I want to cling to these tiny joys and avoid anything that might move the prison authorities to punitively withdraw them. I want to protect them almost as much as I want my freedom back.

Peter Greste, A letter from Tora prison.

The News, via ABC (Australia):

Australian journalist Peter Greste will be detained in solitary confinement in Egypt for at least another 15 days.

Greste was arrested in Cairo in late December along with two [Al Jazeera] colleagues, bureau chief Mohamed Adel Fahmy and producer Baher Mohamed.

Egyptian authorities are accusing the crew of holding illegal meetings with members of the Muslim Brotherhood, which has been declared a terrorist group by the military-installed government.

However, the trio says it was merely reporting all sides of the story.

As Greste writes, “The three of us have been accused of collaborating with a terrorist organization [The Muslim Brotherhood], of hosting MB meetings in our hotel rooms, of using unlicensed equipments to deliberately broadcast false information to further their aims and defame and discredit the Egyptian state. The state has presented no evidence to support the allegations, and we have not been formally charged with any crime. But the prosecutor general has just extended our initial 15-day detention by another 15 days to give investigators more time to find something. He can do this indefinitely – one of my prison mates has been behind bars for 6 months without a single charge.”

Hassan El-Laithy, Egypt’s ambassador to Australia, says the detention isn’t personal. Instead, it’s aimed at Al Jazeera as a news organization. 

It has nothing to do with Peter Greste as a person, definitely,” El-Laithy told ABC. “But it is whether those working for a specific television station are abiding by the laws of that specific host country or not.”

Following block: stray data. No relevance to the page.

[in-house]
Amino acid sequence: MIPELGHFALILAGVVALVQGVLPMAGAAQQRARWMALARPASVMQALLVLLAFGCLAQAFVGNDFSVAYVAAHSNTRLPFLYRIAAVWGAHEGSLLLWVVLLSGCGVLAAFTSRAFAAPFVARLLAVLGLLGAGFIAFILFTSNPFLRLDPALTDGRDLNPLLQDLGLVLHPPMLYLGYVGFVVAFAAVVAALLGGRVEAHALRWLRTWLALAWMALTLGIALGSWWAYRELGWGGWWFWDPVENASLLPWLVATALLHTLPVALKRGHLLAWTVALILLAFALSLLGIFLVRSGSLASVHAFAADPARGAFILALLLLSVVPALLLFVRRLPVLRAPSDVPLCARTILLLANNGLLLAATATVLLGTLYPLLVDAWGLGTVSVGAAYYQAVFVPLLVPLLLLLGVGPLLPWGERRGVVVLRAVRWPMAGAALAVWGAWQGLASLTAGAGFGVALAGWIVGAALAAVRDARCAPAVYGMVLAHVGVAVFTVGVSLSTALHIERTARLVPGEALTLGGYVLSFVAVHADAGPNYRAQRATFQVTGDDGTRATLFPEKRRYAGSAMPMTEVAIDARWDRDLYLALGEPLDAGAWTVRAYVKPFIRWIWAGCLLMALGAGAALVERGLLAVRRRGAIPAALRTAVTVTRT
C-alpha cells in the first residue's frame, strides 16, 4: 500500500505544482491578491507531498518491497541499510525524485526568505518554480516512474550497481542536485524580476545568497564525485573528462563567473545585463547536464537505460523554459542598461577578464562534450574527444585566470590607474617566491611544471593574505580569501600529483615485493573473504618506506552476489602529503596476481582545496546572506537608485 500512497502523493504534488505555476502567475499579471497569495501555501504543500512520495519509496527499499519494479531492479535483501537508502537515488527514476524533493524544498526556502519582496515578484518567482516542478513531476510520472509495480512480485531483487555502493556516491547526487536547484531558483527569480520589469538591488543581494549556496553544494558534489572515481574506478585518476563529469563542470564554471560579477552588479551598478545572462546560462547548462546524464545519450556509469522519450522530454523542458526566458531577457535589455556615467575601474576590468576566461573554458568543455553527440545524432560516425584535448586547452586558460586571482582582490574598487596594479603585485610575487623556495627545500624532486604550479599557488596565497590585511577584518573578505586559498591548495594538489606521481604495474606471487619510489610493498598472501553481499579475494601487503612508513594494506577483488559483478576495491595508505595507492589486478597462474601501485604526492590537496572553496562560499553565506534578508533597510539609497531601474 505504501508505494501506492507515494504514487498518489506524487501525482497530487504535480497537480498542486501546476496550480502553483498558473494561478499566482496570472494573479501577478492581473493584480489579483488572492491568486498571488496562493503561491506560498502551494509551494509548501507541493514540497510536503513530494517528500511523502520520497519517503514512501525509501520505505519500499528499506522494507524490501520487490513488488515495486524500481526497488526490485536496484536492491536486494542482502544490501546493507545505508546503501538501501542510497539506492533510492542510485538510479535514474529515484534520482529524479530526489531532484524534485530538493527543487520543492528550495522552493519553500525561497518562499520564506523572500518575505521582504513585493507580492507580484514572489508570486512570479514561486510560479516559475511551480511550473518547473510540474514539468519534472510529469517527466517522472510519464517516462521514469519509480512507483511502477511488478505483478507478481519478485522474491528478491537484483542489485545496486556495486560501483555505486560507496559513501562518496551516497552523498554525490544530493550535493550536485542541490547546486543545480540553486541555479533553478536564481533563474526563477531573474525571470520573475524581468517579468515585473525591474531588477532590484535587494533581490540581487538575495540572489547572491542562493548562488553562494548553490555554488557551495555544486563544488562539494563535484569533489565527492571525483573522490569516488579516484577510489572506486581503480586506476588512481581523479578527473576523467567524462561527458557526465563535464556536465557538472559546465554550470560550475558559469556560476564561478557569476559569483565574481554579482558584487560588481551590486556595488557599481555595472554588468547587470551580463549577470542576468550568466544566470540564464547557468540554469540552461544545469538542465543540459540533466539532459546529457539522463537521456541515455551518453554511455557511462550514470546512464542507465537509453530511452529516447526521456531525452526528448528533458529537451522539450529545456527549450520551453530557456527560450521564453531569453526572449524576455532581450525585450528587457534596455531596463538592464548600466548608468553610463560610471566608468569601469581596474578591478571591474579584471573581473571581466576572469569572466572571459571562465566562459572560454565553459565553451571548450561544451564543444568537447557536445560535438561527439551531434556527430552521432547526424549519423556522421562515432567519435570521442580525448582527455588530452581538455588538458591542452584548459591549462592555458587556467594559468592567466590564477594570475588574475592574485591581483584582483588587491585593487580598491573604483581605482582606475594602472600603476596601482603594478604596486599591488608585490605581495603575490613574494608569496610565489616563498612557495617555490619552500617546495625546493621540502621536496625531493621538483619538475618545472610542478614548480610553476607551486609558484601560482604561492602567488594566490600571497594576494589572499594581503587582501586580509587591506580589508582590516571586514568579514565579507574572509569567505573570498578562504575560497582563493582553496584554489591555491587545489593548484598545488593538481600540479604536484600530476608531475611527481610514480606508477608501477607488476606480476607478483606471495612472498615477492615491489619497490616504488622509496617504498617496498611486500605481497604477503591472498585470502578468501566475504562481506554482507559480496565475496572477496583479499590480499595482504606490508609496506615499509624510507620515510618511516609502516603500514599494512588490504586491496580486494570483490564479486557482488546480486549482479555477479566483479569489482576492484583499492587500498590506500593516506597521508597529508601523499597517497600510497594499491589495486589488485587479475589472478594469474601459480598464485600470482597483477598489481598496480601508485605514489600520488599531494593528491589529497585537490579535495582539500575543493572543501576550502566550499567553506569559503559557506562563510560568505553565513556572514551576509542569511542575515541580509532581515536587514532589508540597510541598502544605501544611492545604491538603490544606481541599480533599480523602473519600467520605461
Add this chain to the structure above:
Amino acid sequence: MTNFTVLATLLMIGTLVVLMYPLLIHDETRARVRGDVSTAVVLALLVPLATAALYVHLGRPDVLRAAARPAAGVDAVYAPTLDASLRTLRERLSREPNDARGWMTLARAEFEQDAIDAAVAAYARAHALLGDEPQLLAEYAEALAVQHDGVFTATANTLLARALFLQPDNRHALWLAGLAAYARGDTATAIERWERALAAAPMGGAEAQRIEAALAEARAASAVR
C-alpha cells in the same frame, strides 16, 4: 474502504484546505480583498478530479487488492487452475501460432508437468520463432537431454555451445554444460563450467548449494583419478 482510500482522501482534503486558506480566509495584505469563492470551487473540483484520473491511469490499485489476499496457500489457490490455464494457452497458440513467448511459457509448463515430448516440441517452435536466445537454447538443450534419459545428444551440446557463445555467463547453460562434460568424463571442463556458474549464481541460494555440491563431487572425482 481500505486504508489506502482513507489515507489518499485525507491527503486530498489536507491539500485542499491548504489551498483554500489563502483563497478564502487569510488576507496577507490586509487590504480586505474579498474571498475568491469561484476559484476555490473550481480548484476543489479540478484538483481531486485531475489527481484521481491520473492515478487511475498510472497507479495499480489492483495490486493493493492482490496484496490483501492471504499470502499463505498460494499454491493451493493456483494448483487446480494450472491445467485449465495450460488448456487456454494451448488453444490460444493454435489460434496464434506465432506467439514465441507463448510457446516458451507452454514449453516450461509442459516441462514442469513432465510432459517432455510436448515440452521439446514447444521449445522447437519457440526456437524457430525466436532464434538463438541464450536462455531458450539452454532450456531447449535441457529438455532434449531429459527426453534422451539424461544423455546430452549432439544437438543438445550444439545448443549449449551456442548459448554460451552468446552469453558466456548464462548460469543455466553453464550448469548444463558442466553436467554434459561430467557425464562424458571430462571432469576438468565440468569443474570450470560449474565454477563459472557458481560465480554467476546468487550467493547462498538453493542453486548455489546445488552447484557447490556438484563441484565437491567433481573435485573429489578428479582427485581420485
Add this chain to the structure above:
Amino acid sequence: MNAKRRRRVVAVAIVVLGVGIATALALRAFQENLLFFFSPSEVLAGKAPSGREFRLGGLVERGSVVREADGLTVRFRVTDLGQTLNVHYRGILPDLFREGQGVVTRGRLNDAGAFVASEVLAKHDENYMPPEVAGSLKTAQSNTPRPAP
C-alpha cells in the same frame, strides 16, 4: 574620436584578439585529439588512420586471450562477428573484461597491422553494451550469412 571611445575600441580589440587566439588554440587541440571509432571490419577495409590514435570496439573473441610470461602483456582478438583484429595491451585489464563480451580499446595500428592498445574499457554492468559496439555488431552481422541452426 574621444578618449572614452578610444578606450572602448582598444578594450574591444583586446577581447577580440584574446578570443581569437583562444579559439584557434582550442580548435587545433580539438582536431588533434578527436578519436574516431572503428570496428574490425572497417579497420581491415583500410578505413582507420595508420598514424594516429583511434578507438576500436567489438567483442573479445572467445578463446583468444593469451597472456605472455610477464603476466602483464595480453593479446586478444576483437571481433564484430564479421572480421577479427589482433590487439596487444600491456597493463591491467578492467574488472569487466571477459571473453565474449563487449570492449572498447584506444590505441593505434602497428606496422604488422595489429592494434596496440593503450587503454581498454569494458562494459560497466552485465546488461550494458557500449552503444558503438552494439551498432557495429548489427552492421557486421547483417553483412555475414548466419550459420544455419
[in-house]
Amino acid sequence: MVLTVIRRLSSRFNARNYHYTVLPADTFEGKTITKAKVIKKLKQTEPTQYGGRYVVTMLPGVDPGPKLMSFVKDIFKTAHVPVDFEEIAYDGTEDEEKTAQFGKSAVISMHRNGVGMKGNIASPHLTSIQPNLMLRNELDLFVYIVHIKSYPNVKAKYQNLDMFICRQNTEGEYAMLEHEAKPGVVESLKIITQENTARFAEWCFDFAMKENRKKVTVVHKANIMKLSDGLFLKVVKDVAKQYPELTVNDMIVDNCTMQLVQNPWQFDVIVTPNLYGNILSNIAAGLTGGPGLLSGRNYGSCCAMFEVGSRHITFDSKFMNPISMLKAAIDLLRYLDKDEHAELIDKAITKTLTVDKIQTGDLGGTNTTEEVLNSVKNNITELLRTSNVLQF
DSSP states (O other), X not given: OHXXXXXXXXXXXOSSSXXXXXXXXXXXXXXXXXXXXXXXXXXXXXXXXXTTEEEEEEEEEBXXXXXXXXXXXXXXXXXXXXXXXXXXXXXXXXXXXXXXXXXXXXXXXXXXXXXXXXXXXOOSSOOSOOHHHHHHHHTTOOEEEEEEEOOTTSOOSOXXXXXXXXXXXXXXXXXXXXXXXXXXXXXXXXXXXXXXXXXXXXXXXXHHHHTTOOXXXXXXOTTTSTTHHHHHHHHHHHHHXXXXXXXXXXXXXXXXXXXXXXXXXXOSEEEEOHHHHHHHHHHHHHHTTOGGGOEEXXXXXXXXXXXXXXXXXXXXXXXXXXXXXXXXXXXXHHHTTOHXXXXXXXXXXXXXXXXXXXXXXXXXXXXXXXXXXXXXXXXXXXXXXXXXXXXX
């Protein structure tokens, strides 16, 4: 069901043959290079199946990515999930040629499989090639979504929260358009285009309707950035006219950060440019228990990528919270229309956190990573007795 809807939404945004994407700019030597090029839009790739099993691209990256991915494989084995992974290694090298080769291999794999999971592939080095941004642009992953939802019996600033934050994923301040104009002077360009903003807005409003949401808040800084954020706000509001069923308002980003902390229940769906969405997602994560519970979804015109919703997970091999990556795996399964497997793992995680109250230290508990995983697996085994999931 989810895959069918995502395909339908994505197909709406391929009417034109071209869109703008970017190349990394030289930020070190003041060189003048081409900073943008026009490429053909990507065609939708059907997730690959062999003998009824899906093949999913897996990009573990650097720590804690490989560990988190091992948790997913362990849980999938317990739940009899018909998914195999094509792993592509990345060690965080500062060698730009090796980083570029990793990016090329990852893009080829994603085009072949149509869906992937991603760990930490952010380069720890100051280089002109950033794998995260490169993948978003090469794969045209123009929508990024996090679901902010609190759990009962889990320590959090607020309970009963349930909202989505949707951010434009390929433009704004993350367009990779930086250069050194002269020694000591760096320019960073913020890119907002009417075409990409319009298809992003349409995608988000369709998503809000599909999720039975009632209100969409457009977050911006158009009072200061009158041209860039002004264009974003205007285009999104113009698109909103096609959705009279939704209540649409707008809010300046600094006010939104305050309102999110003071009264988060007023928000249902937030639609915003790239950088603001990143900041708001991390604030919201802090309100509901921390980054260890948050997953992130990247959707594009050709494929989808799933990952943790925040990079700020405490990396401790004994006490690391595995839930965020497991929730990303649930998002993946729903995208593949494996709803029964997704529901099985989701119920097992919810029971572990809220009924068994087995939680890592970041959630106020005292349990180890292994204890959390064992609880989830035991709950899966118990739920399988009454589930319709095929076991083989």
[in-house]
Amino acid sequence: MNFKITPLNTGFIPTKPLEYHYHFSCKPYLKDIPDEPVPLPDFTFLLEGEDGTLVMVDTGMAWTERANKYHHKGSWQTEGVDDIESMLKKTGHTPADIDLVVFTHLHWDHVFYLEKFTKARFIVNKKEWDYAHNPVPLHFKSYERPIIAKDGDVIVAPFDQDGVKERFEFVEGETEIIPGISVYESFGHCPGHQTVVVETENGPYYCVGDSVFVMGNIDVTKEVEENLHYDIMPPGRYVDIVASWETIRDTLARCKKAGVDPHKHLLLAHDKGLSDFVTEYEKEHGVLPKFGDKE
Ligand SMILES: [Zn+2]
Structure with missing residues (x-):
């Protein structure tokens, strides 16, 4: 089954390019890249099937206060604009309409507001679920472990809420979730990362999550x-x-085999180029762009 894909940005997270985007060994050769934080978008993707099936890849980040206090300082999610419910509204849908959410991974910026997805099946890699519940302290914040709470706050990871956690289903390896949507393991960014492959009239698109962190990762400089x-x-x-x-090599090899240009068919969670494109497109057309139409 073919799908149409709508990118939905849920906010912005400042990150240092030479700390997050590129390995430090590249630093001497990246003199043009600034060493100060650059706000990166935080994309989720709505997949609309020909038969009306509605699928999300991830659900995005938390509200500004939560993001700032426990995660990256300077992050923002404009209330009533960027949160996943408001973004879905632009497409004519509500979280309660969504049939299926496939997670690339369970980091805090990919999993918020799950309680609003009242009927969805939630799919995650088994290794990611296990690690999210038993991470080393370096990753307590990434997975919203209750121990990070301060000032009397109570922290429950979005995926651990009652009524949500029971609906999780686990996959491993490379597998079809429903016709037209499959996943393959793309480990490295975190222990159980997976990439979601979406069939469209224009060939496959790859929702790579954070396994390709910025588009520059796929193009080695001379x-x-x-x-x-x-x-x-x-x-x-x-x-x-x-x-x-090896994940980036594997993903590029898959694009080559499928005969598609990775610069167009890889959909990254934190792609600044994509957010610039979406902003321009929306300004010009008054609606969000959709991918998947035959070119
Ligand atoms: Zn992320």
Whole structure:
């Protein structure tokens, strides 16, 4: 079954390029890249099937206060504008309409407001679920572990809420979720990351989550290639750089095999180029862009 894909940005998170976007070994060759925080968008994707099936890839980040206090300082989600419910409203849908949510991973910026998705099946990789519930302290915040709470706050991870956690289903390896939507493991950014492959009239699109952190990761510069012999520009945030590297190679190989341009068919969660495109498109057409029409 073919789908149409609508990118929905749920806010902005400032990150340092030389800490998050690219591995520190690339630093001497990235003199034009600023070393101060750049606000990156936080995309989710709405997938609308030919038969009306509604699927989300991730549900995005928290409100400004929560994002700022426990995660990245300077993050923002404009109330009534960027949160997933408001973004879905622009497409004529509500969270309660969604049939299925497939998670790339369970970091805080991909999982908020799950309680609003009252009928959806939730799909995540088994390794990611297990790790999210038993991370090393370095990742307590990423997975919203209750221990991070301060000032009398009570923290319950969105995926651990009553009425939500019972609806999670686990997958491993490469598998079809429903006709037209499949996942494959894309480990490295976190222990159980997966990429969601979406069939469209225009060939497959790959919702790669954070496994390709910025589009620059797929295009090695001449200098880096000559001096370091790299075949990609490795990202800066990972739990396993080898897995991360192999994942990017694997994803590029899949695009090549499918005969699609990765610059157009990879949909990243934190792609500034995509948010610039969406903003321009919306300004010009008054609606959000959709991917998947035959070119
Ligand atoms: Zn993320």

Small solace, we imagine, for Greste and his colleagues.

WSJ “Attorney General Holder Pledges Shift On Media”

EXCERPT:

“Attorney General Eric Holder told news editors in a private meeting Thursday that he is committed to changing Justice Department guidelines on investigations involving journalists, in the wake of recent controversies over the seizure of reporters’ phone and email records.

Mr. Holder and aides said they were open to changing the guidelines the department uses to broaden the circle of officials who have to agree that subpoenas are justified as a last resort. The officials also said they were open to annual reviews with news organizations…”

Yes, but will they spy on reporters unabashedly, and intimidate if not ruin the lives of - perhaps justified - whistleblowers?

— Via the Wall Street Journal.

Just Write What the Government Tells You
The News: The Justice Department tracked Fox News’ correspondent James Rosen in an attempt to tie leaks on North Korea to a government advisor.
Via Glenn Greenwald:

If even the most protected journalists - those who work for the largest media outlets - are being targeted [for leaks by the Justice Department], and are saying over and over that the Obama DOJ is preventing basic news gathering from taking place without fear, imagine the effect this all has on independent journalists who are much more vulnerable.

Image: Twitter post from Karen Tumulty